Thursday, August 19, 2010

InformationWeek: "Advancing IT, Propelling Pediatric Surgery"


The Aug. 19 issue of Information Week features Dr. Nabile Safdar, principal investigator for the bioengineering initiative at the Sheikh Zayed Institute, and his work to apply the latest technologies to improve surgery.

"While video gaming gives teenagers the feeling of being immersed in a 3D world of complex landscapes and allows them to communicate in real time, those same types of technologies can be applied for simulated training and preparation of surgeons doing delicate operations on kids, such as spine surgery to correct scoliosis, curvature of the spine. 'In most cases, in 2010 we prepare the same way for surgery as 30 to 40 years ago,' Safdar said. That means surgeons rely on 2D X-rays to prepare and plan for many procedures, rather than 3D views of the patient's organs....

"But the use of medical imaging technologies such as low-radiation CT scans combined with special algorithms can be used to get 'dynamic 3D representations of the spine ahead of time, so that there's much less guesswork in surgery,' he said....'We tend to think of surgery as what goes on in the operating room,' Safdar said. 'But surgery is a round trip that starts and ends with the patient,' he said. That includes multiple visits to doctors, specialists, labs, and other testing facilities to make diagnosis and plans for surgery. 'Along the way, a lot of technology isn't leveraged at all,' he said. That includes the bringing together of information that comes from lab tests, medical images, electronic health records (EHRs), and other sources....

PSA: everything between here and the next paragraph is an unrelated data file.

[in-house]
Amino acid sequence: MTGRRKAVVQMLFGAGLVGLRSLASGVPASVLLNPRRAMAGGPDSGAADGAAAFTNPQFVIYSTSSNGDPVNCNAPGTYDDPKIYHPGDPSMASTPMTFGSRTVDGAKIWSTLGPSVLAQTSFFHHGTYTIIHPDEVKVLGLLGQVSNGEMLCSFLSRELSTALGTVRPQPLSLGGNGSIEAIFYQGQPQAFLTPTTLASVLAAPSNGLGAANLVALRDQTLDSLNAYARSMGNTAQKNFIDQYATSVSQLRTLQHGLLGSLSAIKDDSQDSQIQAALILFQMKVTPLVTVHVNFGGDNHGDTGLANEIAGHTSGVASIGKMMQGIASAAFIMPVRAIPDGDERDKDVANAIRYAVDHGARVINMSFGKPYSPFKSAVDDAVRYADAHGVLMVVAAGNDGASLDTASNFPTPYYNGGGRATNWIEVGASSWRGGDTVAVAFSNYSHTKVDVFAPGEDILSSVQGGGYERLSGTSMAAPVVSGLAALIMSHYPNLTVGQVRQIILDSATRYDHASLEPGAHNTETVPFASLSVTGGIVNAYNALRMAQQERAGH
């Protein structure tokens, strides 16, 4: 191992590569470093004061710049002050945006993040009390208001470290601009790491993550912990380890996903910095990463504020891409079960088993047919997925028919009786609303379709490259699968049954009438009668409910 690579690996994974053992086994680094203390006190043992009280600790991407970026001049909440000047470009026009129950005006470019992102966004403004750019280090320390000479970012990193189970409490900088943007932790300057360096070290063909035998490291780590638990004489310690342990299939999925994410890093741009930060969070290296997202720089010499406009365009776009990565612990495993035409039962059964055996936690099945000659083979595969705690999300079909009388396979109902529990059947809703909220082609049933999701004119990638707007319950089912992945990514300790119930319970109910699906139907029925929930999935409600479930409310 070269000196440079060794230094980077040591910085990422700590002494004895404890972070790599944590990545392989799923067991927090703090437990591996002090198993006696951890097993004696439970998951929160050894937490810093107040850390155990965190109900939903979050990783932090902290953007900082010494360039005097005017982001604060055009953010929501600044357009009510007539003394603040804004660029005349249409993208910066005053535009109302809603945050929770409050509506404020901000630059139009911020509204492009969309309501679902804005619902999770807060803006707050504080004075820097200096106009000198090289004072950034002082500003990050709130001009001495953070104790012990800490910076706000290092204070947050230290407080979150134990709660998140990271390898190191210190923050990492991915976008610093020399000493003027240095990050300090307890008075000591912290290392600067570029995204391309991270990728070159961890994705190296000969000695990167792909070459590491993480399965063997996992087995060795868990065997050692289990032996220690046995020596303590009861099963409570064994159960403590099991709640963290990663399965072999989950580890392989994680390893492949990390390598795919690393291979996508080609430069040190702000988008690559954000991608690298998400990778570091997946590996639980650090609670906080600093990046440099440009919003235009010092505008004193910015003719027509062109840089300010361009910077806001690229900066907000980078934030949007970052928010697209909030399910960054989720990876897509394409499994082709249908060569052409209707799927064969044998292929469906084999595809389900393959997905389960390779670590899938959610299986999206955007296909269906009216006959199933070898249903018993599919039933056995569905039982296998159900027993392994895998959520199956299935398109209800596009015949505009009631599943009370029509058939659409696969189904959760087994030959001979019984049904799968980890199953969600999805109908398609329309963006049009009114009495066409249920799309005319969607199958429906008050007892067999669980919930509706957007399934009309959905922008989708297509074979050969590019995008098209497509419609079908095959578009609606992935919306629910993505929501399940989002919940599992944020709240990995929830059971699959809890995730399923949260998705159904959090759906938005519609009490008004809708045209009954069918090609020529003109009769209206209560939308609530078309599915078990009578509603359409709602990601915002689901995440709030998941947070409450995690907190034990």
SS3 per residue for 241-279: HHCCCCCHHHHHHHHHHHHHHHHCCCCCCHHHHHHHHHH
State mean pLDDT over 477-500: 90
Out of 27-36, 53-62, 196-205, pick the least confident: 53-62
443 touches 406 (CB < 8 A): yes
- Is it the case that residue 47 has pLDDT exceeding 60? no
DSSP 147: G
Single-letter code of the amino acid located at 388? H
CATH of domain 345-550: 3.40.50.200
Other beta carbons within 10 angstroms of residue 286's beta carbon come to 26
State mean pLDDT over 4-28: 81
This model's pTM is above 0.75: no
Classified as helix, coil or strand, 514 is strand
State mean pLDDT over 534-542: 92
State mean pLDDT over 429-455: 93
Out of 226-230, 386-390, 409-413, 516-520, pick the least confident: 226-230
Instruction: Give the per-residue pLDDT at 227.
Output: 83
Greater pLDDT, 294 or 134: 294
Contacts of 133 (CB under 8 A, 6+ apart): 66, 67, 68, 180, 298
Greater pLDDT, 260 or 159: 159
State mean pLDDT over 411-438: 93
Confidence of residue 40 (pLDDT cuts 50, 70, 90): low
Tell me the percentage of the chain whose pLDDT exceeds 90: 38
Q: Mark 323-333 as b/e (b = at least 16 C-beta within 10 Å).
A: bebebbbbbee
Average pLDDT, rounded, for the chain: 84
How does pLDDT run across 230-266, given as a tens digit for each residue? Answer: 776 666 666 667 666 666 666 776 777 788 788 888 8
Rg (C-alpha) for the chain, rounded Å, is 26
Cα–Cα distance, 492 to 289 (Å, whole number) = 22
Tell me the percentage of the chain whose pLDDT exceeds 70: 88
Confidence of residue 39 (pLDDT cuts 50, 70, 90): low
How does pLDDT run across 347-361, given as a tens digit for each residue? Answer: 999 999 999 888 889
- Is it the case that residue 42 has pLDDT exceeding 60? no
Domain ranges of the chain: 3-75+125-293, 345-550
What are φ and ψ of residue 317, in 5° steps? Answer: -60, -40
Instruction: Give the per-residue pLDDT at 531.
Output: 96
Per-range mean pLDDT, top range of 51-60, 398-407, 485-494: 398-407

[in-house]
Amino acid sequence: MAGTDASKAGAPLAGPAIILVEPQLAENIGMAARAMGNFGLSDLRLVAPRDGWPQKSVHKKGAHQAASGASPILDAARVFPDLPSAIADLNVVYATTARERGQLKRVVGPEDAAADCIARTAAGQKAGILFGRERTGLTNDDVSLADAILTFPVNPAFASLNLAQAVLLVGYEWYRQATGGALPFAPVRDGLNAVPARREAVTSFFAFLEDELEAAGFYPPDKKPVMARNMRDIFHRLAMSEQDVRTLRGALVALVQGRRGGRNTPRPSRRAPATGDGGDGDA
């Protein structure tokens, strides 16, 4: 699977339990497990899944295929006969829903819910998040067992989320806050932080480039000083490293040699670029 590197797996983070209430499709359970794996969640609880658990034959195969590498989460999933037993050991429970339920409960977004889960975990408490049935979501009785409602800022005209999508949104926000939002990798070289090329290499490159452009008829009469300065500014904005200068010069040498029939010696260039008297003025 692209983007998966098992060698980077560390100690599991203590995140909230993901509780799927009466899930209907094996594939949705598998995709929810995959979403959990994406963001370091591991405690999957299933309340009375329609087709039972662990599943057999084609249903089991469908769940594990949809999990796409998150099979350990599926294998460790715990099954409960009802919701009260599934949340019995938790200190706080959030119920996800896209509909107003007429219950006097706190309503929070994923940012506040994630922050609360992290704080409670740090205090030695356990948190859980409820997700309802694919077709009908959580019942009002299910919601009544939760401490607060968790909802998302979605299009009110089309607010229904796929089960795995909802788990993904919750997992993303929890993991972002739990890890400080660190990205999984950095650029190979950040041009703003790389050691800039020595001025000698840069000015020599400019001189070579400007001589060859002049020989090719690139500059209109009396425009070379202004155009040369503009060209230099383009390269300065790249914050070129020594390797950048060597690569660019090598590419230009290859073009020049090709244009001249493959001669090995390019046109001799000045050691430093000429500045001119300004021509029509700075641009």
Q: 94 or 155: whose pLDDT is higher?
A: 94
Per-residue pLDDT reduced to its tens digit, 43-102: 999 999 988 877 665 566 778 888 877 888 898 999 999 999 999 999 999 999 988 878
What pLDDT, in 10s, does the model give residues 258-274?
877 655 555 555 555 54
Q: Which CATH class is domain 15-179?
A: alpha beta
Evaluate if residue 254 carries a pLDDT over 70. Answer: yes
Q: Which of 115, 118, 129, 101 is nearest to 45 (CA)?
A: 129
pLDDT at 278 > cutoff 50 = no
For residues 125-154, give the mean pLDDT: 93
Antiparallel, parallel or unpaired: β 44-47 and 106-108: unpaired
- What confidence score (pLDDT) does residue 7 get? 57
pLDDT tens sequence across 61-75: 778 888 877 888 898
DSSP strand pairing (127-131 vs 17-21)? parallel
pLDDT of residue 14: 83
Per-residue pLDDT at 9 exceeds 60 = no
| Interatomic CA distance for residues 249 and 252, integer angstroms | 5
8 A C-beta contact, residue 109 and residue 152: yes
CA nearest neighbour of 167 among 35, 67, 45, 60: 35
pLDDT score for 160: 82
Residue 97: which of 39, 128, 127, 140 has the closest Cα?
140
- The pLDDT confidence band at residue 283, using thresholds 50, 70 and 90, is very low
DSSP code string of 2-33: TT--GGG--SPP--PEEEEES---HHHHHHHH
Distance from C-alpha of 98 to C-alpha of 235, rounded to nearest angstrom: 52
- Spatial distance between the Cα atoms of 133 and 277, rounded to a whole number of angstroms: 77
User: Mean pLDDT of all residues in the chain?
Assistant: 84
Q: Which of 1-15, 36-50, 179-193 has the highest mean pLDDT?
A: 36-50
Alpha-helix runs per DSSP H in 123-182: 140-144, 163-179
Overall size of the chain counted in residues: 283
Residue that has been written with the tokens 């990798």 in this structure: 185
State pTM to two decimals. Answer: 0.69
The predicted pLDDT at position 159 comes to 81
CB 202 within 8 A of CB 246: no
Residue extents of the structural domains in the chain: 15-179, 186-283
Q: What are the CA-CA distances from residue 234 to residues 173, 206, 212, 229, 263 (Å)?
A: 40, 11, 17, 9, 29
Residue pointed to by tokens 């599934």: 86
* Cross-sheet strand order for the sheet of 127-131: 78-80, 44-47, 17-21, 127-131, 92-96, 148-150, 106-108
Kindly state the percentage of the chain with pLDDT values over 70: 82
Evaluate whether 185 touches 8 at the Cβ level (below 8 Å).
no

"Another aim of the institute is to develop or improve asynchronous real-time communication so that clinicians and other medical experts can better collaborate and share information in real-time, rather than rely on phone tag or e-mail, he said. Instant messaging isn't used in healthcare because it's not secure enough for exchanging patient's medical information. New developments in presence technologies could bolster communication among clinicians during patient procedures, he said.

"As for the team of bioengineers, technologists, and clinicians being assembled for the institute, 'our goal is to work in the same location, share expertise,' so that care and outcomes are improved not only for children treated at Children's National Medical Center, 'but for all children,' he said."

Read the article.